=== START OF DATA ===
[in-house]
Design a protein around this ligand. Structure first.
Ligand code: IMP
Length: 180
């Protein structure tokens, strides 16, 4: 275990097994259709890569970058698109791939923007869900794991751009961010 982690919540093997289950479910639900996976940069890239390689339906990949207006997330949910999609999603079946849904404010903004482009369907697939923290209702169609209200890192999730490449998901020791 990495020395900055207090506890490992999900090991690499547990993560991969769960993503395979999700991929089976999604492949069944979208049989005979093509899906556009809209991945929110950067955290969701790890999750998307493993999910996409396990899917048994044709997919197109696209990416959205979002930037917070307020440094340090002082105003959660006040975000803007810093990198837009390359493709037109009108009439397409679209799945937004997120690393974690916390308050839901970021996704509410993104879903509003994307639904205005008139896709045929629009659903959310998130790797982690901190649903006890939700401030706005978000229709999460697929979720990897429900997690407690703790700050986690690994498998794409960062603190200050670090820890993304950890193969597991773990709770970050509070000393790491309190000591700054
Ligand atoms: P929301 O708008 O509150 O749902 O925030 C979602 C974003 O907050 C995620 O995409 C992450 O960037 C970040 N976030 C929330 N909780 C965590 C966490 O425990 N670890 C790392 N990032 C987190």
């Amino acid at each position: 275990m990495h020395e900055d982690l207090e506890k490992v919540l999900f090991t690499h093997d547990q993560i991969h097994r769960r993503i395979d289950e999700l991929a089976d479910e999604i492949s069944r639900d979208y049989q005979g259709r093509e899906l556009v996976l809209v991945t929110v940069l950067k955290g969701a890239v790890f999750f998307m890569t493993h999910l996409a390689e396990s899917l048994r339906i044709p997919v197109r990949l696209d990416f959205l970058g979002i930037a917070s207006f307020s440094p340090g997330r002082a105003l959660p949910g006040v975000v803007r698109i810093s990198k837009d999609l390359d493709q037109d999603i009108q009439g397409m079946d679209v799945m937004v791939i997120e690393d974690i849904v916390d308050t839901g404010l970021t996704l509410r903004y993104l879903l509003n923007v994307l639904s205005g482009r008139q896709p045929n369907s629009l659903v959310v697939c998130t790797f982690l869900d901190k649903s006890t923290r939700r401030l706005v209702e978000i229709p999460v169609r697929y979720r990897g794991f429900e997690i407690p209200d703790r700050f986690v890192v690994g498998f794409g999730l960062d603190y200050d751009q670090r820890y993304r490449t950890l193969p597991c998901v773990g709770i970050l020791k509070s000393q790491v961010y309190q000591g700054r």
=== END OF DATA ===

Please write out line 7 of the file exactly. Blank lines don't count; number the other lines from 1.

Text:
């Amino acid at each position: 275990m990495h020395e900055d982690l207090e506890k490992v919540l999900f090991t690499h093997d547990q993560i991969h097994r769960r993503i395979d289950e999700l991929a089976d479910e999604i492949s069944r639900d979208y049989q005979g259709r093509e899906l556009v996976l809209v991945t929110v940069l950067k955290g969701a890239v790890f999750f998307m890569t493993h999910l996409a390689e396990s899917l048994r339906i044709p997919v197109r990949l696209d990416f959205l970058g979002i930037a917070s207006f307020s440094p340090g997330r002082a105003l959660p949910g006040v975000v803007r698109i810093s990198k837009d999609l390359d493709q037109d999603i009108q009439g397409m079946d679209v799945m937004v791939i997120e690393d974690i849904v916390d308050t839901g404010l970021t996704l509410r903004y993104l879903l509003n923007v994307l639904s205005g482009r008139q896709p045929n369907s629009l659903v959310v697939c998130t790797f982690l869900d901190k649903s006890t923290r939700r401030l706005v209702e978000i229709p999460v169609r697929y979720r990897g794991f429900e997690i407690p209200d703790r700050f986690v890192v690994g498998f794409g999730l960062d603190y200050d751009q670090r820890y993304r490449t950890l193969p597991c998901v773990g709770i970050l020791k509070s000393q790491v961010y309190q000591g700054r």